Columbia Co. Commission divided on tax increase referendum

By: Stephanie Baker
By: Stephanie Baker

August 7, 2006

Columbia County needs over $40 million for county projects like road improvements and emergency services.

You may get to vote this November to decide whether or not the county gets the money.

News 12's Stephanie Baker is on your side with what this means for you and your property taxes.

Columbia County commissioners will decide tomorrow whether the $40 million bond will appear on the ballot. They originally planned to get the funding through city fees. That fell through, and now the future of over 50 projects could rest with voters.

Friday's train wreck in Grovetown worried emergency responders about the possibility of a chemical spill. Fire chief Danny Kuhlman says hundreds of hazardous materials come through Columbia County every day.

"We've got 17 miles of interstate, we've got railroads, we've got waterways...and all the chemicals are out there," he says.

But Chief Kuhlman says the department doesn't have some of the proper equipment to deal with major disasters--this is one of many projects that need funding.

A yes vote on the bond referendum means people like Cail Oliff will pay more in property taxes.

"I don't think anyone wants to pay more in taxes," Oliff says, "but I realize a lot of things are going on and the county is growing. It's necessary to have it."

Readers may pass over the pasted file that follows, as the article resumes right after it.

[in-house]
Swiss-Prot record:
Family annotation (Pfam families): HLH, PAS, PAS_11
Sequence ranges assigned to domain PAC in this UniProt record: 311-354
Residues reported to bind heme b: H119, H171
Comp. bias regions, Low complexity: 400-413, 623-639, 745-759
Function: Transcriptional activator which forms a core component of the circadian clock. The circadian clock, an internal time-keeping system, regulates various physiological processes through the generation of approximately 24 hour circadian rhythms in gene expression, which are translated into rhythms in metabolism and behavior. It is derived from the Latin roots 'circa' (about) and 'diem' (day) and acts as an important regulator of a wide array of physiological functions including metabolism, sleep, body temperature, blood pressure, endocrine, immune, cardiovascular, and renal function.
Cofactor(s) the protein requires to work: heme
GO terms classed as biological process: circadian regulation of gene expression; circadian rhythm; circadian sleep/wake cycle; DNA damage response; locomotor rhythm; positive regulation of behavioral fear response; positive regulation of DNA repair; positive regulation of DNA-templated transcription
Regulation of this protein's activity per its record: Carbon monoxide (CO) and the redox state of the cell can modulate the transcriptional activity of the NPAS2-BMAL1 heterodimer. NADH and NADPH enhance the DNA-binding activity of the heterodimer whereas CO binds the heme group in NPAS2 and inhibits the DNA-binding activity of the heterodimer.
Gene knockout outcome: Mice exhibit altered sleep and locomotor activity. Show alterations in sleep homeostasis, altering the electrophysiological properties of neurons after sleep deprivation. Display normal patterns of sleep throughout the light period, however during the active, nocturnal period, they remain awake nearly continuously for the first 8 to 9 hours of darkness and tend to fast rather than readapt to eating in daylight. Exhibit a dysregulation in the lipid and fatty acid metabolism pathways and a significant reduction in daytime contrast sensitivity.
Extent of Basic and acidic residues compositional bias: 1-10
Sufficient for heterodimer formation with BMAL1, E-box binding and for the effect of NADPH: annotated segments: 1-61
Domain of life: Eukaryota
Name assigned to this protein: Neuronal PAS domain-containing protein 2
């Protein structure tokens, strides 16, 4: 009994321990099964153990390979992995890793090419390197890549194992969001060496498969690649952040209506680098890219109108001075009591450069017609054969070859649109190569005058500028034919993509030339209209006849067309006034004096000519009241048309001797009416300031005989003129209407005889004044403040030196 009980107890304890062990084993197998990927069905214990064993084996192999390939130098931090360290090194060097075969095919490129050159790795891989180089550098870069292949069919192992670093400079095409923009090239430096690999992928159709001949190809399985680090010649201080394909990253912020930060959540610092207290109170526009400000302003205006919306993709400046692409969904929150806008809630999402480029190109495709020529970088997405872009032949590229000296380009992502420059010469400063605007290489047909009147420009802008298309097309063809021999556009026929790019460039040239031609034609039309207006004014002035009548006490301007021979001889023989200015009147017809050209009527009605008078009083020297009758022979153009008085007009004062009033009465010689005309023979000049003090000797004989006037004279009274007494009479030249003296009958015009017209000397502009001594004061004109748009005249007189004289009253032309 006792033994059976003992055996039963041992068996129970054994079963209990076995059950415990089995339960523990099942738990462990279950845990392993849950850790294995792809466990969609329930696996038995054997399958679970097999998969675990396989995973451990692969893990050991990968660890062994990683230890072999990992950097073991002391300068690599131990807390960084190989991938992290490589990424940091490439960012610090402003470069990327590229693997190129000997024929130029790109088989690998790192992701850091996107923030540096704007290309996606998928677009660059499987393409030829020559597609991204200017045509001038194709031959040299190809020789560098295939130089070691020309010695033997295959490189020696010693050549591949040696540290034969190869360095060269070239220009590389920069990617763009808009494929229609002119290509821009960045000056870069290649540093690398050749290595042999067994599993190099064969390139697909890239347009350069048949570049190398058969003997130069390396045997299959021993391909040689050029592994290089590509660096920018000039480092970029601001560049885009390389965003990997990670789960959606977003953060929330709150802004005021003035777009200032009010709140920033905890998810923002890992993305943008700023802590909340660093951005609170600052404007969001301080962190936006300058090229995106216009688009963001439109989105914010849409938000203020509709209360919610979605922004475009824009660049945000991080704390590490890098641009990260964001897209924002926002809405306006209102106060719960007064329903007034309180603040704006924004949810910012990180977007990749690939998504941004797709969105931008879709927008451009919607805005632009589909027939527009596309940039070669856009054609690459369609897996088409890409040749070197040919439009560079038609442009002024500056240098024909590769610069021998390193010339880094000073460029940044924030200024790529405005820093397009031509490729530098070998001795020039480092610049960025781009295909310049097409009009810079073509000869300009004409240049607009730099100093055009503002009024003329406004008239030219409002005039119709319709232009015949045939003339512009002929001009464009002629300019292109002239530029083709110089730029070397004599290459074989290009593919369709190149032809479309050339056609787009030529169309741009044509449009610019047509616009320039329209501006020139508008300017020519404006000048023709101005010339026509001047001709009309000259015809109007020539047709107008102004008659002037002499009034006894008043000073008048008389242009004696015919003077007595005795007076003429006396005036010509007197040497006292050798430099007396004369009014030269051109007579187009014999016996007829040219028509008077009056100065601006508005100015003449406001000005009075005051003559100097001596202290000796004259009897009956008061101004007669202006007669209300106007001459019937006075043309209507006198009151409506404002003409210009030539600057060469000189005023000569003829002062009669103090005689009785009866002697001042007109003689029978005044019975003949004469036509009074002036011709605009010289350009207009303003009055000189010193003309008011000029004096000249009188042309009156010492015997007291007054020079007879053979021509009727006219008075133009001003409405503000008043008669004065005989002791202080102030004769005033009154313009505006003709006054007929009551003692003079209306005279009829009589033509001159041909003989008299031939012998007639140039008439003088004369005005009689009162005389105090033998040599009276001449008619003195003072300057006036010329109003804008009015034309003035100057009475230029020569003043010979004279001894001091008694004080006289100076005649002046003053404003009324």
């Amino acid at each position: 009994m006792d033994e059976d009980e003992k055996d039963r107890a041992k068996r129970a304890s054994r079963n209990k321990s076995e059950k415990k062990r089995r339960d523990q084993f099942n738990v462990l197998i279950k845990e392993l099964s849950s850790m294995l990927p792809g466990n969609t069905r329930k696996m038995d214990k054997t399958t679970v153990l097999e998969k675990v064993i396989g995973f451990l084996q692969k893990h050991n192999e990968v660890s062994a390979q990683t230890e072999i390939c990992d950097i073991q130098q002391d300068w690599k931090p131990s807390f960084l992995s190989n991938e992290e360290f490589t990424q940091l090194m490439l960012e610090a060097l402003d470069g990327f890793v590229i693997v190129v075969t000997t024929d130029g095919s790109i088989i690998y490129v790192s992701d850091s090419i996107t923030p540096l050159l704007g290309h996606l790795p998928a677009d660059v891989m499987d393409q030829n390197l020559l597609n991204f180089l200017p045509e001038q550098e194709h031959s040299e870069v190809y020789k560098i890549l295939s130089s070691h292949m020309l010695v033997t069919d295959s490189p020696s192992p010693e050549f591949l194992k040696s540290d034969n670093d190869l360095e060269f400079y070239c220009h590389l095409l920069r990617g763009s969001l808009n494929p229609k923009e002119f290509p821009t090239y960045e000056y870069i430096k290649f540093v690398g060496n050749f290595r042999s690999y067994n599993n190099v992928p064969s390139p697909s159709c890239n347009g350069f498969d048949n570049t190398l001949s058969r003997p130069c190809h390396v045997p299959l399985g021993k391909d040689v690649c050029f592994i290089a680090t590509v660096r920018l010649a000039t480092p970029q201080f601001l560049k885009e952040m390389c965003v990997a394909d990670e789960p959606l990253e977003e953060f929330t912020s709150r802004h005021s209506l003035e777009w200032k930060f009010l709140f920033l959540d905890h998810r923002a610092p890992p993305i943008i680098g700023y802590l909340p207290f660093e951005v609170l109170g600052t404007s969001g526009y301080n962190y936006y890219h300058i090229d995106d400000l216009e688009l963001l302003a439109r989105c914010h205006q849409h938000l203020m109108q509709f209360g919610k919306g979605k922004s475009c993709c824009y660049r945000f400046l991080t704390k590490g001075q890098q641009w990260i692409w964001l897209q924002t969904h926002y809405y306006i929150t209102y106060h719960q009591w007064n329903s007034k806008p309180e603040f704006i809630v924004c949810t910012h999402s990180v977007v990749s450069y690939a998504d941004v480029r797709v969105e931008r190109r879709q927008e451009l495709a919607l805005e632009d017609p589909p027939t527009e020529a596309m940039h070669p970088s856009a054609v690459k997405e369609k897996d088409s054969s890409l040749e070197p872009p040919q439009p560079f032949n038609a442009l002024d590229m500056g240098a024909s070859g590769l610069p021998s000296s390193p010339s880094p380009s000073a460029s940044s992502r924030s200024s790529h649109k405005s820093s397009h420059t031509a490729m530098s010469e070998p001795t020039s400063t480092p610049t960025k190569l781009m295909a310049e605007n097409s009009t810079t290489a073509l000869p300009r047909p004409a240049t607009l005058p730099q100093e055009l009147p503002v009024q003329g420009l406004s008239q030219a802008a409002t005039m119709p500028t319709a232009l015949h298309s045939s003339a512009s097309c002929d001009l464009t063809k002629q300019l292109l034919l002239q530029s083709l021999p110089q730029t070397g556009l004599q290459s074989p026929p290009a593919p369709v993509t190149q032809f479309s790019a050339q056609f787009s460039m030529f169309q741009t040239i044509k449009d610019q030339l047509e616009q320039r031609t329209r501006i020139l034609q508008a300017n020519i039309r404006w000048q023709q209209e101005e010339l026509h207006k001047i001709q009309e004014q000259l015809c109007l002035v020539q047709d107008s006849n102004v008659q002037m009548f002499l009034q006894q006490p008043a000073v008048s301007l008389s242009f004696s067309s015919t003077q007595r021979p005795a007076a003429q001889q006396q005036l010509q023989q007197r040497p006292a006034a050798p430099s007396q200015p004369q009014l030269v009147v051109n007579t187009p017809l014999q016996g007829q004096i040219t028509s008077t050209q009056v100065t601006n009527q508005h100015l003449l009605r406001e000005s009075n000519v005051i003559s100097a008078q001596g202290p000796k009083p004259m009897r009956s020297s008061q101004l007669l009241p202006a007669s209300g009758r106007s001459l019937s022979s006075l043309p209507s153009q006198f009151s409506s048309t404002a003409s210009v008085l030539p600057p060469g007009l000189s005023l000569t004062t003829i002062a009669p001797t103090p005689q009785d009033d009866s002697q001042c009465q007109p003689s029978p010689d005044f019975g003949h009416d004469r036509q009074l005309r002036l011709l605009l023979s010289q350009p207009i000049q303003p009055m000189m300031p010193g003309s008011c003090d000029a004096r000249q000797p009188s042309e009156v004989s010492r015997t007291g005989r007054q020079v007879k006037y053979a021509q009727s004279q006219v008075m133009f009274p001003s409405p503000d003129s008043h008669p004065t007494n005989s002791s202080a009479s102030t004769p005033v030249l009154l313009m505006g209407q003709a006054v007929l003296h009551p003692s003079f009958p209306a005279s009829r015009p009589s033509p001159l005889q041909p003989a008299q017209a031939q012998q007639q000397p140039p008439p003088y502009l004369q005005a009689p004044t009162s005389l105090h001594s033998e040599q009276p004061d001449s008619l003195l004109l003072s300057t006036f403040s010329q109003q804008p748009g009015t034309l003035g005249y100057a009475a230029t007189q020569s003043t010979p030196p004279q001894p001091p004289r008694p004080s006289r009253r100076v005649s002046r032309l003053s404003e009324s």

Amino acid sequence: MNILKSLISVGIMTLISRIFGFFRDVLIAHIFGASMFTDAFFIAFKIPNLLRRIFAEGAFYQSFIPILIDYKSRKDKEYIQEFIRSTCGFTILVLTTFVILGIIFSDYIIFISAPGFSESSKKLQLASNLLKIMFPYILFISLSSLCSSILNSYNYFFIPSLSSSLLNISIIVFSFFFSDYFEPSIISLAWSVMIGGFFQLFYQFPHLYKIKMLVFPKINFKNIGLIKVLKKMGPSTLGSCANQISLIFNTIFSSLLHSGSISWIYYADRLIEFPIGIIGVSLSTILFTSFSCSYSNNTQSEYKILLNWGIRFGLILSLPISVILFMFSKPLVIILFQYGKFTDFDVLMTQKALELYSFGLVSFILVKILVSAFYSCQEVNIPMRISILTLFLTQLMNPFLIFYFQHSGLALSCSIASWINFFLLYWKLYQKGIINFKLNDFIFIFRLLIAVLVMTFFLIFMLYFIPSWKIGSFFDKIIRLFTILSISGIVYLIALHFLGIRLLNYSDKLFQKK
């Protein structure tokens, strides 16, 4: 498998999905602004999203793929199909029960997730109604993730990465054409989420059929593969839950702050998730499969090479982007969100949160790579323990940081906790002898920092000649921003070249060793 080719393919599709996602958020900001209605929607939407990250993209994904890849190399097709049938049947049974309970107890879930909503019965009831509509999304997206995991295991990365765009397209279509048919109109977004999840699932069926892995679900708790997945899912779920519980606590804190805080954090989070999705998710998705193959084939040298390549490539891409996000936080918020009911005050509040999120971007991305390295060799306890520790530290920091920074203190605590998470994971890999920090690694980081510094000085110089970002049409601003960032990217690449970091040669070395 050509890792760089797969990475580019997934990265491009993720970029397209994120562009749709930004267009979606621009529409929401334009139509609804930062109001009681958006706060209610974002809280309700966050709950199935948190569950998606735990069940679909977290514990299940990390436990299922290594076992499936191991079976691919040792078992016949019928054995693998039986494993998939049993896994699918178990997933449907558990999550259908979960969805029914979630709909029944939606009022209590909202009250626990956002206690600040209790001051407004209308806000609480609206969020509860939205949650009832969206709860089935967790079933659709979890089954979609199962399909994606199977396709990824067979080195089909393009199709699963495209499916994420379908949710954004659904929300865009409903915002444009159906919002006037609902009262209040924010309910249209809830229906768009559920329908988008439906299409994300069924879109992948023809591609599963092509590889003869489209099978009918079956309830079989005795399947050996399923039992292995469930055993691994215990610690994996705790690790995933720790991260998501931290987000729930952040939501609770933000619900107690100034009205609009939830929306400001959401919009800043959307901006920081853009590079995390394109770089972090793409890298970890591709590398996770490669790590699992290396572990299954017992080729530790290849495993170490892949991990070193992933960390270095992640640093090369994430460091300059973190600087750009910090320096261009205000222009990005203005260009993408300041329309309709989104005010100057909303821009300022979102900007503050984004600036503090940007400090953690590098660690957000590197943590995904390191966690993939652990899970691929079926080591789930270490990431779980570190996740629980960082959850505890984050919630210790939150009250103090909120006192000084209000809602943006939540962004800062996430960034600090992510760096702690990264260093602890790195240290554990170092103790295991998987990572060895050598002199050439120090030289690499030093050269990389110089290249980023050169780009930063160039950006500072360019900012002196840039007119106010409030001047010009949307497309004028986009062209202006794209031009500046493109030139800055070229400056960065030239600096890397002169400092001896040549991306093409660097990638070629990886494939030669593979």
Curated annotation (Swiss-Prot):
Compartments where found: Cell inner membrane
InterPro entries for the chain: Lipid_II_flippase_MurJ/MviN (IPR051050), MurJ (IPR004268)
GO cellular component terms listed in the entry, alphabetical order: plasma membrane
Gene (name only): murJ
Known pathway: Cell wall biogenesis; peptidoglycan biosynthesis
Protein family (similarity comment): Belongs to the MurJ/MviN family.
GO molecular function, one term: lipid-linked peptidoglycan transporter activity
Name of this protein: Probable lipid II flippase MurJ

But the commission and elected officials are divided on whether it should end up on the ballot this November.

"I'm very disappointed that we can't come together as a commission and as a group of elected officials to agree on a project list that everyone will support and work to have passed," says commission chairman Ron Cross.

Some commissioners don't want to put the referendum on the November ballot until all officials support all the projects. There's a list of about 50, including over $100,000 for HAZMAT equipment.

"Accidents happen all over the country every day...and being able to take care of our own would greatly benefit the county," Chief Kuhlman says.

Cail Oliff is for it: "There's a lot of things the money has to be spent on."

Things like roads, recreation, storm water, and emergency services.

Commissioners will meet again tomorrow at 11 for final approval. If they decide to move forward, Columbia County residents will get to vote yes or no on the entire list of projects. If not, the funding will get put on hold.

This issue didn't do very well in the primary election. Both the Democratic and Republican ballots showed people don't want their taxes to go up. But Chairman Cross says that's because not everyone understands how this will benefit them.

To see the full list of the proposed county improvements, click here.


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